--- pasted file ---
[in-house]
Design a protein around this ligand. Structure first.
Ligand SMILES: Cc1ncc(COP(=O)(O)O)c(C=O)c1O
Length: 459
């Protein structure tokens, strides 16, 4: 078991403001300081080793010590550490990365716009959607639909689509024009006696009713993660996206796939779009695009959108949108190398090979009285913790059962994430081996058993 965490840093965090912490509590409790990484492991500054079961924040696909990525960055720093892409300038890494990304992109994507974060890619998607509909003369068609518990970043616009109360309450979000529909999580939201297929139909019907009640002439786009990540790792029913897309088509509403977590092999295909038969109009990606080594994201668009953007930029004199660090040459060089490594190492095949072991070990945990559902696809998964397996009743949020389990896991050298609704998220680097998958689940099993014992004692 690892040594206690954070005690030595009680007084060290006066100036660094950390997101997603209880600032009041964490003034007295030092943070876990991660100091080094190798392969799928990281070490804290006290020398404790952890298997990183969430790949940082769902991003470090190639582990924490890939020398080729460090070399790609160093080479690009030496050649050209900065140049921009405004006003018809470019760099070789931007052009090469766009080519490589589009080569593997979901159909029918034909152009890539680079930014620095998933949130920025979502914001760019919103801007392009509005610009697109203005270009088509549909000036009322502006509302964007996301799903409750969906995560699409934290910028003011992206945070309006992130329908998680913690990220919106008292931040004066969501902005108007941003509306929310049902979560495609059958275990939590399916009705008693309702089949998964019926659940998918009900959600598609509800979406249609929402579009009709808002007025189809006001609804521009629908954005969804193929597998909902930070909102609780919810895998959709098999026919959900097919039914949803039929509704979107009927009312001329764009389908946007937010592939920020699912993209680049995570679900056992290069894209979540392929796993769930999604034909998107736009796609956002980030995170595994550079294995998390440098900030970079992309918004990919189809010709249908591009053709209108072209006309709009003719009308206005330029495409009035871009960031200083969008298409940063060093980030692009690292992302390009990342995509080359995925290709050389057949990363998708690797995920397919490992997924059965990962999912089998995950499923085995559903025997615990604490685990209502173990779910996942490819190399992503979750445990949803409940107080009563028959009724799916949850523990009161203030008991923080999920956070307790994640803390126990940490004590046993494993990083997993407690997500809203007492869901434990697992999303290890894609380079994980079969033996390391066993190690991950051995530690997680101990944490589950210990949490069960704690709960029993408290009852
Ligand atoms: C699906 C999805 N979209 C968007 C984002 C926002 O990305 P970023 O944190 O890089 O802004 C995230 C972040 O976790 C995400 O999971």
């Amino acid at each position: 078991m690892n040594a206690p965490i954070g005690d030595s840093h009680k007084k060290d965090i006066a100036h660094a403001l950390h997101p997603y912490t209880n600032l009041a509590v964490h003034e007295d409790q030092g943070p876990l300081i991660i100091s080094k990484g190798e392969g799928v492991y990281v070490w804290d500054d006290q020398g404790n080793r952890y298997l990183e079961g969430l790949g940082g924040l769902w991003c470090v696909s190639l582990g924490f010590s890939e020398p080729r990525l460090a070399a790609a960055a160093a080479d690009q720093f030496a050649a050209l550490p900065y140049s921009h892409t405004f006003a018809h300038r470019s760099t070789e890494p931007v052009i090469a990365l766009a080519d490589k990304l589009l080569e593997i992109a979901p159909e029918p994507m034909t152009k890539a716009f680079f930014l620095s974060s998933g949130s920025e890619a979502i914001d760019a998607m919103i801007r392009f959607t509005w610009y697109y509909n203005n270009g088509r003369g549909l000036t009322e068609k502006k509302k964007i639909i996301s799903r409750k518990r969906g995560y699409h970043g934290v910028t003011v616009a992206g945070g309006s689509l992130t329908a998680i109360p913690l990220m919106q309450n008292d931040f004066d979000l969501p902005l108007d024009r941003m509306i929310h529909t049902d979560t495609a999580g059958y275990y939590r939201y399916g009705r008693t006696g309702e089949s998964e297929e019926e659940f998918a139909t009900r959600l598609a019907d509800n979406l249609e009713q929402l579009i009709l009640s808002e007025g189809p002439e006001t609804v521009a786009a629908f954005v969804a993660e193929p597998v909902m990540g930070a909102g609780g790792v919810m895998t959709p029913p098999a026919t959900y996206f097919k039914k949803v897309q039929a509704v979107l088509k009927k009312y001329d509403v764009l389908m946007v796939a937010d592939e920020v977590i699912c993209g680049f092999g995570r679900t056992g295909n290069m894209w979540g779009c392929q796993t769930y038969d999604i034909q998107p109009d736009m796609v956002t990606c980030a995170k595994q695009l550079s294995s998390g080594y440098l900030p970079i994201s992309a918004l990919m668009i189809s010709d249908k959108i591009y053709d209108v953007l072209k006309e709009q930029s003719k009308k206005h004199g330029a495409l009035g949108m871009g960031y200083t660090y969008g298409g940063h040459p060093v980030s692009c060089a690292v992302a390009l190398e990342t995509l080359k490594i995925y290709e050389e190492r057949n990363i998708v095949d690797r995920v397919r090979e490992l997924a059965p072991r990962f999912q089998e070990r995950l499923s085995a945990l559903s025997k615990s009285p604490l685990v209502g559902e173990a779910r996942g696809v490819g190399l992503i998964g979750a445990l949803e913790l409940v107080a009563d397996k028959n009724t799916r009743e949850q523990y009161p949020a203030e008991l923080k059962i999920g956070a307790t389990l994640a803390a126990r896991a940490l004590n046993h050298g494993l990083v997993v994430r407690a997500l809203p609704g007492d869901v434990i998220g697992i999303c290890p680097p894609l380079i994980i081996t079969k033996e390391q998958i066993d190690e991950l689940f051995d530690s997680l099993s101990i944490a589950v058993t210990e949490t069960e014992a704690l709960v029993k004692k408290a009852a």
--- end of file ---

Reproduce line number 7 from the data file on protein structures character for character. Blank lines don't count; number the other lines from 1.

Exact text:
């Amino acid at each position: 078991m690892n040594a206690p965490i954070g005690d030595s840093h009680k007084k060290d965090i006066a100036h660094a403001l950390h997101p997603y912490t209880n600032l009041a509590v964490h003034e007295d409790q030092g943070p876990l300081i991660i100091s080094k990484g190798e392969g799928v492991y990281v070490w804290d500054d006290q020398g404790n080793r952890y298997l990183e079961g969430l790949g940082g924040l769902w991003c470090v696909s190639l582990g924490f010590s890939e020398p080729r990525l460090a070399a790609a960055a160093a080479d690009q720093f030496a050649a050209l550490p900065y140049s921009h892409t405004f006003a018809h300038r470019s760099t070789e890494p931007v052009i090469a990365l766009a080519d490589k990304l589009l080569e593997i992109a979901p159909e029918p994507m034909t152009k890539a716009f680079f930014l620095s974060s998933g949130s920025e890619a979502i914001d760019a998607m919103i801007r392009f959607t509005w610009y697109y509909n203005n270009g088509r003369g549909l000036t009322e068609k502006k509302k964007i639909i996301s799903r409750k518990r969906g995560y699409h970043g934290v910028t003011v616009a992206g945070g309006s689509l992130t329908a998680i109360p913690l990220m919106q309450n008292d931040f004066d979000l969501p902005l108007d024009r941003m509306i929310h529909t049902d979560t495609a999580g059958y275990y939590r939201y399916g009705r008693t006696g309702e089949s998964e297929e019926e659940f998918a139909t009900r959600l598609a019907d509800n979406l249609e009713q929402l579009i009709l009640s808002e007025g189809p002439e006001t609804v521009a786009a629908f954005v969804a993660e193929p597998v909902m990540g930070a909102g609780g790792v919810m895998t959709p029913p098999a026919t959900y996206f097919k039914k949803v897309q039929a509704v979107l088509k009927k009312y001329d509403v764009l389908m946007v796939a937010d592939e920020v977590i699912c993209g680049f092999g995570r679900t056992g295909n290069m894209w979540g779009c392929q796993t769930y038969d999604i034909q998107p109009d736009m796609v956002t990606c980030a995170k595994q695009l550079s294995s998390g080594y440098l900030p970079i994201s992309a918004l990919m668009i189809s010709d249908k959108i591009y053709d209108v953007l072209k006309e709009q930029s003719k009308k206005h004199g330029a495409l009035g949108m871009g960031y200083t660090y969008g298409g940063h040459p060093v980030s692009c060089a690292v992302a390009l190398e990342t995509l080359k490594i995925y290709e050389e190492r057949n990363i998708v095949d690797r995920v397919r090979e490992l997924a059965p072991r990962f999912q089998e070990r995950l499923s085995a945990l559903s025997k615990s009285p604490l685990v209502g559902e173990a779910r996942g696809v490819g190399l992503i998964g979750a445990l949803e913790l409940v107080a009563d397996k028959n009724t799916r009743e949850q523990y009161p949020a203030e008991l923080k059962i999920g956070a307790t389990l994640a803390a126990r896991a940490l004590n046993h050298g494993l990083v997993v994430r407690a997500l809203p609704g007492d869901v434990i998220g697992i999303c290890p680097p894609l380079i994980i081996t079969k033996e390391q998958i066993d190690e991950l689940f051995d530690s997680l099993s101990i944490a589950v058993t210990e949490t069960e014992a704690l709960v029993k004692k408290a009852a």